The heat exchanger of this invention enables a marked saving in installation, operation and maintenance expense to be effected for the same temperature differential between the inlet and exit temperatures of the fluid which is cooled therein or the same heat input into the fluid which is heated therein. Due chiefly to the higher efliciency obtained by the jetting of the fluids on the opposite sides of the heat transfer surface, a marked saving in the size and hence initial cost of the exchanger can be effected for any installation operated to yield the same aforesaid temperature differential or same heat input. Heat exchangers of this invention, designed to give predetermined temperature differential or heat input, require lower fluid pumping and maintenance costs as compared with heretofore available heat exchangers. Moreover the novel design of members M, which can be produced economically by stamping from sheet metal, when metal is the construction material, for relatively low temperature operations, or cast from refractory mate rials, when such materials are the construction materials for high temperature operation or for handling corrosive fluids, and which members M can be stacked to produce the exchanger, results in a material saving in initial cost of the exchanger.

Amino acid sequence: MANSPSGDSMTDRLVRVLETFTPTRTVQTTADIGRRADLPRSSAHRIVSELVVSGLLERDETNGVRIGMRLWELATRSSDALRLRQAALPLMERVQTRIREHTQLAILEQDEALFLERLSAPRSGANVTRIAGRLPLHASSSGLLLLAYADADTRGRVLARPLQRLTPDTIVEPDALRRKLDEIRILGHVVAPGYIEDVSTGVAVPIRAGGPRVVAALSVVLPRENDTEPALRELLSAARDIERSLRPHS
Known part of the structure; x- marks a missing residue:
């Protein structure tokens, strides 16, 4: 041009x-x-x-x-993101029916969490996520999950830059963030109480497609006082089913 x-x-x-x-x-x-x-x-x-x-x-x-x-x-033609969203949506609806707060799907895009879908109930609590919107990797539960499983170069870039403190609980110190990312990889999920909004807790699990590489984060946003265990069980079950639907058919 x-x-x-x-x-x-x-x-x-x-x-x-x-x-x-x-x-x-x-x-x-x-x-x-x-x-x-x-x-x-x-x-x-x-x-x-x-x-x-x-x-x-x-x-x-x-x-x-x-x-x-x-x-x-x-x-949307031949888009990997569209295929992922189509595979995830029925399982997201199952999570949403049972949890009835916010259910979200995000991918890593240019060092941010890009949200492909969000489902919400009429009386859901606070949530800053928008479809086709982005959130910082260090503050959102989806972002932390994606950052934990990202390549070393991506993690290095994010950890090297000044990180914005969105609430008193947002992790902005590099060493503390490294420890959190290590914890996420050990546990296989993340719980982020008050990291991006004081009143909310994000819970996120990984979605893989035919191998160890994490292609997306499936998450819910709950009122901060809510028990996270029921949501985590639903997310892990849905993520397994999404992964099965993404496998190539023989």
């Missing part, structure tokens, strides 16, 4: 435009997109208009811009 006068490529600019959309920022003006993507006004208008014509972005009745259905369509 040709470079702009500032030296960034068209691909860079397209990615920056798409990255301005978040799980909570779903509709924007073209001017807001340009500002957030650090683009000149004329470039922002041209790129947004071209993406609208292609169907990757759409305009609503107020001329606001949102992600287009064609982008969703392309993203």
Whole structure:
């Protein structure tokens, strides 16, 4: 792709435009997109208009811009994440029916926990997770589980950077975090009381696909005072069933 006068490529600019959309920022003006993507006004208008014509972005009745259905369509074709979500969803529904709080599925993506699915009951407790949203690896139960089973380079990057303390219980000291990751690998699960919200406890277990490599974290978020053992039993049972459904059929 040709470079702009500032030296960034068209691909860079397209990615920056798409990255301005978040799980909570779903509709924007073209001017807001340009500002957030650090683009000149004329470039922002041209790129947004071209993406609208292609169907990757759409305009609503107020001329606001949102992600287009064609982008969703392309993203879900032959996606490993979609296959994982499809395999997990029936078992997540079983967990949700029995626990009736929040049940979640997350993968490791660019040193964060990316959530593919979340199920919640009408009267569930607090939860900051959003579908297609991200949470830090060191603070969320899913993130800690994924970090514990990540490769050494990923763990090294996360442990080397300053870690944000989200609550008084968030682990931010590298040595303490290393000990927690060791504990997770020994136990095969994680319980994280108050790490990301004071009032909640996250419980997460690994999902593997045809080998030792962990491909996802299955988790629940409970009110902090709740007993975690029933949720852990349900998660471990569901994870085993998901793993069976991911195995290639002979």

For the above and other reasons, the heat exchangers of this invention find particular application in fuel fired thermionic converters. In fact, the heat exchanger of this invention is chiefly responsible for the successful design and operation of fuel fired thermionic converters.
This invention is not restricted to the present disclosure, including the embodiments shown in the drawings, otherwise than as defined by the appended claims.
What is claimed is: